At 6 AM everyday, I see an old man sitting alone in the park, sipping hot coffee from his Peet’s mug. He keeps his mask under his chin, and watches the birds flying above. I try to keep the social distance, tip-toe, and balance my steps with my foggy glasses and cotton masks. Yet I wonder why he is there, for months, at that time of the day, alone.
Most probably I know the answer.
The cloudy mornings, nowadays, are my favorite. It’s the only time of the day when the sun is not its summer self, the sound of the wind stirs my soul, and perhaps the only time when I can clearly listen to my own thoughts. It’s a first world pandemic issue- to long for the quiet to think.
Everyday I wake up at around 5 am now to greet that quiet. Since March, outside my windows, in my garden, little birds visit; they are never silent as they outnumbered the early riser humans. Their chirping has become my natural alarm. I like this. I like waking up before my whole little world, and ticking off a to-do list. This is the thirties, I remind myself, this is about chasing a to-do list and ticking things off no matter how loud everything around me gets.
A few days ago, another man joined the old man in the park, both with their Peet’s mugs. I overheard their discussion on pandemic hopes- about the basics, fresh air, ready to go freshly brewed coffee, and a free country where they could meet friends without hiding in masks. I nod in my thoughts.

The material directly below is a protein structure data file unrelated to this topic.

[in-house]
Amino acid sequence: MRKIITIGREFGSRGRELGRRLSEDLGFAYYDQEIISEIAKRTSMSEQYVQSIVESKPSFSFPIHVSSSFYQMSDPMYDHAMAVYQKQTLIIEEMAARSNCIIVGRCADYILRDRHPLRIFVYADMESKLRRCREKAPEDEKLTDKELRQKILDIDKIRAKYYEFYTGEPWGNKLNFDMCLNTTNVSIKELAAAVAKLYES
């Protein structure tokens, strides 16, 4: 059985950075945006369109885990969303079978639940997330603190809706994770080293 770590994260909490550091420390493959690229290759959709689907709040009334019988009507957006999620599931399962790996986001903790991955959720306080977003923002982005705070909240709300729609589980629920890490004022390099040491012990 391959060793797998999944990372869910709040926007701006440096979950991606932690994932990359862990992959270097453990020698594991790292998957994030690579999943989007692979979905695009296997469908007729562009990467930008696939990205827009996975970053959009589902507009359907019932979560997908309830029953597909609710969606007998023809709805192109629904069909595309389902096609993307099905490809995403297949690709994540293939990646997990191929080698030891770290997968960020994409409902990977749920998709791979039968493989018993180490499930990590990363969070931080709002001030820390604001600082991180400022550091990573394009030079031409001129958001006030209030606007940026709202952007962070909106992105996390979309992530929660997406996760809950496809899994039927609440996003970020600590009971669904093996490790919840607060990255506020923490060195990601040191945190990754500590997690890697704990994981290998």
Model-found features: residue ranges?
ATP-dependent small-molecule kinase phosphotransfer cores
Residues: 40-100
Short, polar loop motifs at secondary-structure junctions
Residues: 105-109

There are a lot of discussions in my neighborhood about the current affairs. This is an educated neighborhood, yet I shockingly read opinions on scamdemic/plandemic, political statements during a time when empathy, rational thinking, and compassion can solve problems sooner than the vaccines. I hear and learn opinions about the freedom in not wearing masks, pandemic being a hoax. And then I see the rising number of hospitalizations, deaths. So shocking in an orderly, civilized, educated part of the world.
Pandemic has changed my perspectives on finer things. Like how little we need from the outside to live happily. How homemade food never caused us a single sick day. How science can be the only answer to almost everything. How my strength is not about making muscles and flaunting them, but sitting in a hospital multiple times in silence and solitude knowing nothing bad will ever happen if I rationally live and follow rules.
Yet how I know no matter where the technology progresses, human contacts, human emotions will be more powerful than the screen time. And science is not bigger than conscience.
Wear that mask, save someone’s life.
Read guidelines and believe in science.
Wash hands, and nurture patience.
A simple life can be a routine.
This morning, the old man is not there. And the birds are mysteriously absent too. Cooler air from the north makes me remember the end of July. A lady with her dog looks at me at the crosswalk, and her eyes smile. In our silence, we both know what she means. In that early morning breeze, before the shut windows and doors of my neighborhood, so many new lives are blooming with hope of future. The normal days will be back.
For now wear a mask and a smile.